What does Congress “mandate” be done and by whom?

 https://mcauleysworld.wordpress.com/2010/07/30/the-immigration-debate-the-arizona-law-judge-boltons-decision-part-1/

The Massacre of Roldolfo Torre

Also See: Mexican Police Help Murder Their Own Mayor – Edelmiro Cavazos, Santiago, Mexico  (08/20/2010)

Following the latest slaying, President Calderon said that “Mexico’s very democracy is under threat”.

Why The US Needs To Secure Its Borders: Organized crime takes control in parts of Mexico

By Jane Bussey, McClatchy Newspapers Sun Sep 14, 6:00 AM ET

MORELIA, Mexico — As helicopters circled overhead, trucks carrying Mexican army troops lurched through the colonial streets of this provincial capital to a central plaza, where a grenade had been discovered near the cathedral.

Law-enforcement agents cordoned off the plaza and removed the grenade. But the latest attempt at intimidation in Michoacan , the state where Mexican President Felipe Calderon first dispatched the military to confront the Mexican drug cartels, appears to have succeeded.

Fear of the drug gangs pervades this city about 200 miles west of Mexico City .

“Don’t go to Aguililla or to Tepalcatepec or to Coalcoman!” is the warning Victor Serrato , president of the State Commission on Human Rights in Morelia gives visitors. There is a risk of abduction, mistreatment or worse, he said.

Paracuaro , which human rights experts considered a “safe” town, turned out not to be. Not long after this reporter and a photographer sat down at a restaurant interview a local resident about drug violence, two police officers arrived and sat down — only to rush off when they spotted the visitors. We took the hint and quickly left town.

Gruesome gangland-style murders and targeted assassinations of law-enforcement officers have claimed headlines in what Mexicans now refer to as war.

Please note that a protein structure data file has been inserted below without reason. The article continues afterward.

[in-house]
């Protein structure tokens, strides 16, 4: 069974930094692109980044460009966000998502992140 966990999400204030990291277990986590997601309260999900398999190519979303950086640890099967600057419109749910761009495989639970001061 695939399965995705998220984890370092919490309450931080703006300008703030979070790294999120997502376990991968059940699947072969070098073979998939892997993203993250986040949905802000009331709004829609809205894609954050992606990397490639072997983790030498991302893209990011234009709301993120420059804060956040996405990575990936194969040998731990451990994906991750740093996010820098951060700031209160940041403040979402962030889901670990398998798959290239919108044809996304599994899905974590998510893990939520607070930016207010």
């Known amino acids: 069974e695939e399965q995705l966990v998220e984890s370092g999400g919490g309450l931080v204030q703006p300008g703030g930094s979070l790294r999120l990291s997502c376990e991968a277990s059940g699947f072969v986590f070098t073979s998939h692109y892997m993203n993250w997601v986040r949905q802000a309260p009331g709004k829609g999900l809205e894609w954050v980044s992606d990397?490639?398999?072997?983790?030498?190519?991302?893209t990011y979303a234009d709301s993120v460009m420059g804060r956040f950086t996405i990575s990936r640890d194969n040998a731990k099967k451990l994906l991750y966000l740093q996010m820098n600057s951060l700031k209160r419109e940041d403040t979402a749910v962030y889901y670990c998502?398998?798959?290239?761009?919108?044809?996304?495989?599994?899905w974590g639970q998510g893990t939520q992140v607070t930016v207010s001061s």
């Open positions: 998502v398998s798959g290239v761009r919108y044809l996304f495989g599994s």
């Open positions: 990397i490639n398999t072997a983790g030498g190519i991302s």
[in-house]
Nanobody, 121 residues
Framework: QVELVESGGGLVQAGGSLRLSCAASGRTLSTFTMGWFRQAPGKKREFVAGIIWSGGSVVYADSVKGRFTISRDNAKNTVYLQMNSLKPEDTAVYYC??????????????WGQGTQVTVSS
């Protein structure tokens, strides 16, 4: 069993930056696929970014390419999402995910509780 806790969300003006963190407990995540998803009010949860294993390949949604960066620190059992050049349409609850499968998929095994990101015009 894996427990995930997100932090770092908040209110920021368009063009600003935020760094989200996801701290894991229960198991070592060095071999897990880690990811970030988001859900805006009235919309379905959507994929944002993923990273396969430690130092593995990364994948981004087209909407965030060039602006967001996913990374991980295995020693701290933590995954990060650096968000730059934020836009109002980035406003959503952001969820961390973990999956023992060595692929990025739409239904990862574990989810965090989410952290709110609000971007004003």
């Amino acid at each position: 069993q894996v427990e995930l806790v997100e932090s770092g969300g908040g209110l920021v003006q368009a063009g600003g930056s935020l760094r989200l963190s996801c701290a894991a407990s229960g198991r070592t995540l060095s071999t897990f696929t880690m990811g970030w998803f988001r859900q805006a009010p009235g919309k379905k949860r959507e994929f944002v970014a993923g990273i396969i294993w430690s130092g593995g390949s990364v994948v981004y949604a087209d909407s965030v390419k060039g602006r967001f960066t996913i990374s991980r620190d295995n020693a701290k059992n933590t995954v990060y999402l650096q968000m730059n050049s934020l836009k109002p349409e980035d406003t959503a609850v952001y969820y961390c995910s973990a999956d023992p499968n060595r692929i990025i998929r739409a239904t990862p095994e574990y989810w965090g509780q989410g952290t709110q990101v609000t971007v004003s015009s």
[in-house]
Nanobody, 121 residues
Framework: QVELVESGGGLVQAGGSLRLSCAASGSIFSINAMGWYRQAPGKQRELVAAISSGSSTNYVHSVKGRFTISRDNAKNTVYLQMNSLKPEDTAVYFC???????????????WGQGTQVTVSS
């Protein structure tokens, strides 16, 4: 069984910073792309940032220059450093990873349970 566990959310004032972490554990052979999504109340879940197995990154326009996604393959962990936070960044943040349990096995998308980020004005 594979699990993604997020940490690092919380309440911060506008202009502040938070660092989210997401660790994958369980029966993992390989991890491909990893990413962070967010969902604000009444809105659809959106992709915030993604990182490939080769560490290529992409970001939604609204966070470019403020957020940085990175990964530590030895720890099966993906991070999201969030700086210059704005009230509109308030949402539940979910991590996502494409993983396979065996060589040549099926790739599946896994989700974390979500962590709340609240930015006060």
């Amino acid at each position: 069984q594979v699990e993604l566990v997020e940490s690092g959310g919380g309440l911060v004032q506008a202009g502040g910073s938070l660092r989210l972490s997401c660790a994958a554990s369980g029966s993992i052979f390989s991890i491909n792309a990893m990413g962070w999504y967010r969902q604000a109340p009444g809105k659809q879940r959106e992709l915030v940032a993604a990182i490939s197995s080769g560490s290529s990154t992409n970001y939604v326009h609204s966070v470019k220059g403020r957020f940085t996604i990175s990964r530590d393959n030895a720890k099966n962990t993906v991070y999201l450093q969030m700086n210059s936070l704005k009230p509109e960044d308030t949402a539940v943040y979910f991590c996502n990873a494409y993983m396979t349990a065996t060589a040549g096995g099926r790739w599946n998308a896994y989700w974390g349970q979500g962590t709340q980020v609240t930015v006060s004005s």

The chilling reality of Mexico is the mounting evidence that organized crime has become the de facto power in parts of the country, and local authorities can no longer protect citizens and impart justice.

” Michoacan is one of the states where you feel most the breakdown of the social fabric because of this criminal activity,” Serrato said.

“These cartels, which previously were dedicated to the narcotics business, have now turned to control a whole other series of activities,” he said. “They are demanding payoffs not only from owners of illicit businesses, but what is more serious, they are demanding them from people who sell clothing in markets or the owners of small restaurants.”

The winnings from the trafficking of illegal cocaine, marijuana and other drugs are on view in Uruapan : There are luxury car dealerships, stores selling expensive furniture and homes that locals say belong to drug traffickers, distinguished by having no windows facing the street and thick walls on all sides and strings of electrified wires atop the walls.

Violence between competing drug gangs reached a peak in 2006, when drug commandos knows as the Zetas tossed five severed human heads on a night club floor in Uruapan , some 290 miles west of Mexico City . But there is no sign that the bloodshed has ended. In the last week in August, the state was the site of four gangland killings and the abduction of Uruapan’s town council secretary, Maribel Martinez , who was snatched after the attended an evening mass. Her bodyguards were wounded.

“This happens all the time: killings, kidnappings, robberies, rapes,” said Morelia college student Francisco Paredes , putting on a brave face. “I was afraid, not any more.”

Life in some parts of Mexico is part Colombian-style violence, part Al Capone’s Chicago in the 1920s, and part civil war, although the gangs are not fighting for any cause beyond self-enrichment.